Subject to updates/changes without notice, update schedule may be erratic, void where prohibited.
I’m also definitely not going to mention number ratings yet, because I tend to rethink/overthink them and change them over the course of the competition-- I tend to give some weight to relative quality. I may also turn this first post into an index or something eventually, if it seems warranted. I haven’t exactly done this before, sorry.
16 Ways to Kill a Vampire at McDonald’s
I liked this one. I didn’t have the time/patience/drive to go through all the possibilities yet, but it was puzzly without being impossible, and the hints to the different endings provided after play are both optional and actually helpful. Multiple-solution puzzles are a good concept, the writing was solid, the “skip intro” option is always welcome in any game that’s going to encourage replays. It’s probably not going to be my standout favorite of the competition or anything, but I thought it was solid and good. I may eventually go back for the endings I missed, even-- what completionist can resist the lure of a “true ending”?
Honestly, I couldn’t get too far with this one. The concept was interesting; the writing I saw seemed solid; it just really didn’t want to run very well on my laptop/browser. I get uncomfortable when my browser stops responding, even if it does recover fine after a few seconds. So I probably won’t be rating this one. And I probably don’t have a large enough blurb sample size to say much else about it, either.
A Time of Tungsten
Solid writing, lengthy (I mean that in a complimentary way), and interesting-- one of the ones I may continue to think about after it’s over. No small feat. I admit I’m left a bit frustrated at various lacunae, but I get the feeling that most, if not all, of that was intentional. Still, if you prefer your plots neatly explained, be forewarned-- despite loads of expository detail elsewhere, some things won’t ever really be explained. Some people hate that, which is ok. I don’t happen to be one of them. Anyway, probably my top pick thus far (got a lot to go, though), and certainly the one I’ve been compelled to write the most about.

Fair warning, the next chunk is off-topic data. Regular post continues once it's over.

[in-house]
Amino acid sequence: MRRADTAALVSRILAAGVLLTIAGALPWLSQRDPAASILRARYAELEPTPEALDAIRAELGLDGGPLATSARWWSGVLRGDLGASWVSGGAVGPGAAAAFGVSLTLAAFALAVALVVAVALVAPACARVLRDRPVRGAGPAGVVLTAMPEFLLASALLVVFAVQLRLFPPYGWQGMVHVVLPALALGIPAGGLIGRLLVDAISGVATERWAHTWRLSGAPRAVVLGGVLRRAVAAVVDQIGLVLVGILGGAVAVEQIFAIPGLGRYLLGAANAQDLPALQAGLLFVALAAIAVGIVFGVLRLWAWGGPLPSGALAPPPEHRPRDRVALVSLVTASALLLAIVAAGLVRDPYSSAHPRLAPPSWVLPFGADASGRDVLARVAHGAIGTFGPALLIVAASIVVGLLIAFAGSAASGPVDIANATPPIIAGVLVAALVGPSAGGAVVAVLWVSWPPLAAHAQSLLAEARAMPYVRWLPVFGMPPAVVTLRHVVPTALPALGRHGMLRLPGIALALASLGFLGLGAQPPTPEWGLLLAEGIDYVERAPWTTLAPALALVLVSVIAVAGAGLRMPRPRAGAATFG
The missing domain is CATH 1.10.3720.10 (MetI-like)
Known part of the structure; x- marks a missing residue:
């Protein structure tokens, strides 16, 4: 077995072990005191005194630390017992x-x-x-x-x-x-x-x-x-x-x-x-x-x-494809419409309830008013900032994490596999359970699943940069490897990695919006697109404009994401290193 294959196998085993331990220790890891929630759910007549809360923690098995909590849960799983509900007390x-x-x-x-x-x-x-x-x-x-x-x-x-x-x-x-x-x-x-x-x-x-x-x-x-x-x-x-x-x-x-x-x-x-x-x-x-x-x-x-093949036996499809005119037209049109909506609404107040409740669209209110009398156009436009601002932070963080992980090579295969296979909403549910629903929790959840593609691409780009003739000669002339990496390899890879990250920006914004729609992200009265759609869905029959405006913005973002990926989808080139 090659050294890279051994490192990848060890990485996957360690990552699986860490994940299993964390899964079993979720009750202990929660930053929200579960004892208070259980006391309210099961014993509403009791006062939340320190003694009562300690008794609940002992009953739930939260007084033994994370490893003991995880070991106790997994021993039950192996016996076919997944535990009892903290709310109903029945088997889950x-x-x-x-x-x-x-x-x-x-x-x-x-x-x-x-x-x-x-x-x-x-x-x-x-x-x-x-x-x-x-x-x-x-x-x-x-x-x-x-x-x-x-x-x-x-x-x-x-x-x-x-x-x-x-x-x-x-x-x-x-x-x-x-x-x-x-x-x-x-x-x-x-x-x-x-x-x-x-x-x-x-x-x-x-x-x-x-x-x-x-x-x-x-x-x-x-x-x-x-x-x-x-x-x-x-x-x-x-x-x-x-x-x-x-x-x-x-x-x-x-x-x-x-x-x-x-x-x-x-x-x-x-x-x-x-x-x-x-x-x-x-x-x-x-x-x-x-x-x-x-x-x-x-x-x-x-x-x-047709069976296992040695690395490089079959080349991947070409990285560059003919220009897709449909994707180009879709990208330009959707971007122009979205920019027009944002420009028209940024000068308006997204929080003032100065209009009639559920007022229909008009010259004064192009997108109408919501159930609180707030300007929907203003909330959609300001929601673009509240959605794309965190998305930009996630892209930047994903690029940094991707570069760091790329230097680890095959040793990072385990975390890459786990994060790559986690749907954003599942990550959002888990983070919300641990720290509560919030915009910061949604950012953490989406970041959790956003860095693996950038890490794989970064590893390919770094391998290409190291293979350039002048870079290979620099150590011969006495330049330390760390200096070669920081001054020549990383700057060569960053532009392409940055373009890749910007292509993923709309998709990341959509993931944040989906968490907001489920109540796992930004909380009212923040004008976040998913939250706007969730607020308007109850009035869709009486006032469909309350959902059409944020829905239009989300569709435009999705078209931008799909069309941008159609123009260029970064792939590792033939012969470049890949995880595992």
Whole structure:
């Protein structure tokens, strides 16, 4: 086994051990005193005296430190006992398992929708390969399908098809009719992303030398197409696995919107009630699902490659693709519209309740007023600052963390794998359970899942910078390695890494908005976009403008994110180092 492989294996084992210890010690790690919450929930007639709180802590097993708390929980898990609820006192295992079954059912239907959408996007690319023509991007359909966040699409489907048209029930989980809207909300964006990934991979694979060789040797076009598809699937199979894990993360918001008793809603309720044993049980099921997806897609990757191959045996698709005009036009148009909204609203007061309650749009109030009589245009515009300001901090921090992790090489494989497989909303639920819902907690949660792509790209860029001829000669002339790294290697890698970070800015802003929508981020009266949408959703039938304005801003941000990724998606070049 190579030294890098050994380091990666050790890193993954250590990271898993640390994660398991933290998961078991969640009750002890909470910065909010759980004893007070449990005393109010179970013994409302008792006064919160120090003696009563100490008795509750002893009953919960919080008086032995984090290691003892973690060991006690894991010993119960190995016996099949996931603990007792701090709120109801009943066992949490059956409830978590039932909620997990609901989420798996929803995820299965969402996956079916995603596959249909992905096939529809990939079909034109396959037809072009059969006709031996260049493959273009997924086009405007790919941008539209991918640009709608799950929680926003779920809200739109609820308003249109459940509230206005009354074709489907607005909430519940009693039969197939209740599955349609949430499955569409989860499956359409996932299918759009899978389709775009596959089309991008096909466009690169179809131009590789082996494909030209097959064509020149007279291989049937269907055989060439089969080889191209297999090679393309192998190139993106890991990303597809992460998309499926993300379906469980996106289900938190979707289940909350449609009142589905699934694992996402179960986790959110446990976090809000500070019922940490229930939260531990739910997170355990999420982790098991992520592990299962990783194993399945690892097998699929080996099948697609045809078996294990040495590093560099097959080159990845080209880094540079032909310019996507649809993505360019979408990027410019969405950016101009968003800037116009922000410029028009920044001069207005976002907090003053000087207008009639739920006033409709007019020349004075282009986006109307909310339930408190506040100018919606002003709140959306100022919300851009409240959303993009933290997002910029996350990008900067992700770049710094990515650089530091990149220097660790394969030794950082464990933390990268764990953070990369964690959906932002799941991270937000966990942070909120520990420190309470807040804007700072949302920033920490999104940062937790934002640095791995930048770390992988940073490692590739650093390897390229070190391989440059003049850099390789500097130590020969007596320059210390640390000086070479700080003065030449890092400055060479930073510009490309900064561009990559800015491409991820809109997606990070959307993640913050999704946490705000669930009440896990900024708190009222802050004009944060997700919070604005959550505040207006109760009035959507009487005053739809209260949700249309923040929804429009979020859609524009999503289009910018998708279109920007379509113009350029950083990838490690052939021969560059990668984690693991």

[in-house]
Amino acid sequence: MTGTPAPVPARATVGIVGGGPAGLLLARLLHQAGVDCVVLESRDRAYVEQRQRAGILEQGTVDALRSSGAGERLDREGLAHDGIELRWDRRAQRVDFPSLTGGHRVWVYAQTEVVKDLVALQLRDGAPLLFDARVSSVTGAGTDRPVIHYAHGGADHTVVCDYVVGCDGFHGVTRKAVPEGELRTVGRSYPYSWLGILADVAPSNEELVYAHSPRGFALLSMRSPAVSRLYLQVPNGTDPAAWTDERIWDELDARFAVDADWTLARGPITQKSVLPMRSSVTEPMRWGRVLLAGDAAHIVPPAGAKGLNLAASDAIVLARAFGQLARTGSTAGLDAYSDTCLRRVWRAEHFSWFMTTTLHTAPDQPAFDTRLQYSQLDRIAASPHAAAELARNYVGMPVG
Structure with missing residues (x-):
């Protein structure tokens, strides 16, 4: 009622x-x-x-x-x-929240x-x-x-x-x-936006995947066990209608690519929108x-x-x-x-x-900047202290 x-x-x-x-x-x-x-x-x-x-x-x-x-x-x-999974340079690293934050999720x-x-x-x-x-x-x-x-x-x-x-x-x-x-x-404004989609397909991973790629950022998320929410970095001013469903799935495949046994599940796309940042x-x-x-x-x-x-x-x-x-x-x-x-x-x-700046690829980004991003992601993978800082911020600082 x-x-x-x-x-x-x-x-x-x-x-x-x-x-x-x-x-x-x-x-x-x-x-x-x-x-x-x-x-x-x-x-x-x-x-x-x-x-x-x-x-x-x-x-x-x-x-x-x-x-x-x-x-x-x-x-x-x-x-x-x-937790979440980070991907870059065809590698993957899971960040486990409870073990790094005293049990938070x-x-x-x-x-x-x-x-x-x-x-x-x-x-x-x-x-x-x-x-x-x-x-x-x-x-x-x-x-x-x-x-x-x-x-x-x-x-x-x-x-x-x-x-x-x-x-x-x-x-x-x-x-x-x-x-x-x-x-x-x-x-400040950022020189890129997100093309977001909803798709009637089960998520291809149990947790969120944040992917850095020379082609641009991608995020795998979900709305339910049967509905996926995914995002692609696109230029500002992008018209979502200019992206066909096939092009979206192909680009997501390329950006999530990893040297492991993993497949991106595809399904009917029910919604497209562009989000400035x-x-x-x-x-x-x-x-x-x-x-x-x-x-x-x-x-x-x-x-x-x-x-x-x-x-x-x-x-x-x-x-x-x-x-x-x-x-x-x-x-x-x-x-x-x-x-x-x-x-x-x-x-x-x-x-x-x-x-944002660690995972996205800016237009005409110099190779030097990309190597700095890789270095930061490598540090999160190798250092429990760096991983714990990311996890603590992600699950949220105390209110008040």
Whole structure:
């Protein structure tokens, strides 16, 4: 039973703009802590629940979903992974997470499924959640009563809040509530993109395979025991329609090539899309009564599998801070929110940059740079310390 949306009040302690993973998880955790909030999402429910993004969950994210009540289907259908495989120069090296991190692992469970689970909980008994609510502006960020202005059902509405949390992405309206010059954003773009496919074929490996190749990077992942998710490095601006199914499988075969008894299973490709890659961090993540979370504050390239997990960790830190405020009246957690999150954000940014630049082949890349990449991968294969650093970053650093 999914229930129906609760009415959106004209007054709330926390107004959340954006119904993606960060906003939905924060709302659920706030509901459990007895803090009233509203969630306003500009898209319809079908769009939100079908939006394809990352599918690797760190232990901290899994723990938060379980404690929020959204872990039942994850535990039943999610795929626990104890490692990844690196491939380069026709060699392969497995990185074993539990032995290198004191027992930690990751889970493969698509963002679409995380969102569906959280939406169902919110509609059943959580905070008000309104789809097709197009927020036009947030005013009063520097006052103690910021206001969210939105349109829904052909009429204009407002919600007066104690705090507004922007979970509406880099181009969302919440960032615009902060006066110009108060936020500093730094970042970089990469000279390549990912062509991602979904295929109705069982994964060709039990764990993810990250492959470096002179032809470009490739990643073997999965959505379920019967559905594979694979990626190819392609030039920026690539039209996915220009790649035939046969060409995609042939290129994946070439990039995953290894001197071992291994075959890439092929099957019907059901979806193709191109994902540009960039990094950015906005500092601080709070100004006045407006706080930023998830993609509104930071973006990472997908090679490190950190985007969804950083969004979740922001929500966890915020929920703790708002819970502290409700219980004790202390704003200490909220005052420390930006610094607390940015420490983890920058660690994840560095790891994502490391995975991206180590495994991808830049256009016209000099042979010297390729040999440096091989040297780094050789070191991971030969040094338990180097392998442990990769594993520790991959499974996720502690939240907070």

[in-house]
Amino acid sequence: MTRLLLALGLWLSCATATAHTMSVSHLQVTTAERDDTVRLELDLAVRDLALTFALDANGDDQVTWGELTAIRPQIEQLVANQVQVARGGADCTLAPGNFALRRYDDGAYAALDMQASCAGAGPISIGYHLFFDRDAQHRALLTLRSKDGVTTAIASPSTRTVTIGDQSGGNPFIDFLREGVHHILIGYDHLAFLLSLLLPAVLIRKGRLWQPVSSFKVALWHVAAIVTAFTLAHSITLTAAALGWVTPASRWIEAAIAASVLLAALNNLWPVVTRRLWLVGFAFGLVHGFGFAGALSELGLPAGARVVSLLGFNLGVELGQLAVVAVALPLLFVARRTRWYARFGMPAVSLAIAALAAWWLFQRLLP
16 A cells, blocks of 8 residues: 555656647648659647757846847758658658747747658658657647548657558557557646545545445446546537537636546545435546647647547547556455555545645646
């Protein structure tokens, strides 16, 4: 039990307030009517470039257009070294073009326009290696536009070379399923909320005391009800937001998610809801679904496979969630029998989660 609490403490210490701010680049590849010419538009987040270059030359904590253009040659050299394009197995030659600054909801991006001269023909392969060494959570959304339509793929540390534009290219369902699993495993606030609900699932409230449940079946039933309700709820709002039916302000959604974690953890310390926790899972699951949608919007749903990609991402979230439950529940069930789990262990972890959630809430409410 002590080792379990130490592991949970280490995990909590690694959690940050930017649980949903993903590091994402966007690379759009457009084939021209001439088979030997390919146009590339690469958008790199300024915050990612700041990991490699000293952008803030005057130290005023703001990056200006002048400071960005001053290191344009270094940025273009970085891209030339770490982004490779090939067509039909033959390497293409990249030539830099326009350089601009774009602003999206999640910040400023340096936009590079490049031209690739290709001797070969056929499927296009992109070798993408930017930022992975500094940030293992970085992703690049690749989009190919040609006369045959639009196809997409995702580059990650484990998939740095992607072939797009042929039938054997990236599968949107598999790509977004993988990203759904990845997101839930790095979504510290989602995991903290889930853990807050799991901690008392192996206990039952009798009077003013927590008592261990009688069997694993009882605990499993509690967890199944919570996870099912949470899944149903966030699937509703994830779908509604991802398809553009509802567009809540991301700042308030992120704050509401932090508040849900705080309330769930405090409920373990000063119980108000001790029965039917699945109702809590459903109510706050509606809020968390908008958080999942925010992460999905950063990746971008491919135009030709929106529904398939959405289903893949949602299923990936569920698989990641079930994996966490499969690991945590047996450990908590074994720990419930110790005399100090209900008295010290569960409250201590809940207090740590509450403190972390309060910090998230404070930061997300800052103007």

[spoiler]Like I said, it’s hard to discern between intentional frustration (the system isn’t perfect, this is second-hand, no story is ever complete, etc) and any lapses of writing. I wish there had been a little more context to the ending, as well as a little more attention given to the post-machine days. The narrator clearly regrets it and seems to place some of the blame for her predicament on it, but why? We hear how people felt about it before it happened, but we hear nothing from them afterward, as I recall. It would have been nice to see something of the effects it had on them-- we can kind of gather some of it through the narrator’s writing, but that is, itself, shaped by the computers and the chip. You can say that perhaps she didn’t feel free to think about any repercussions of it or anything negative about it, but a little better sense of it would have been nice.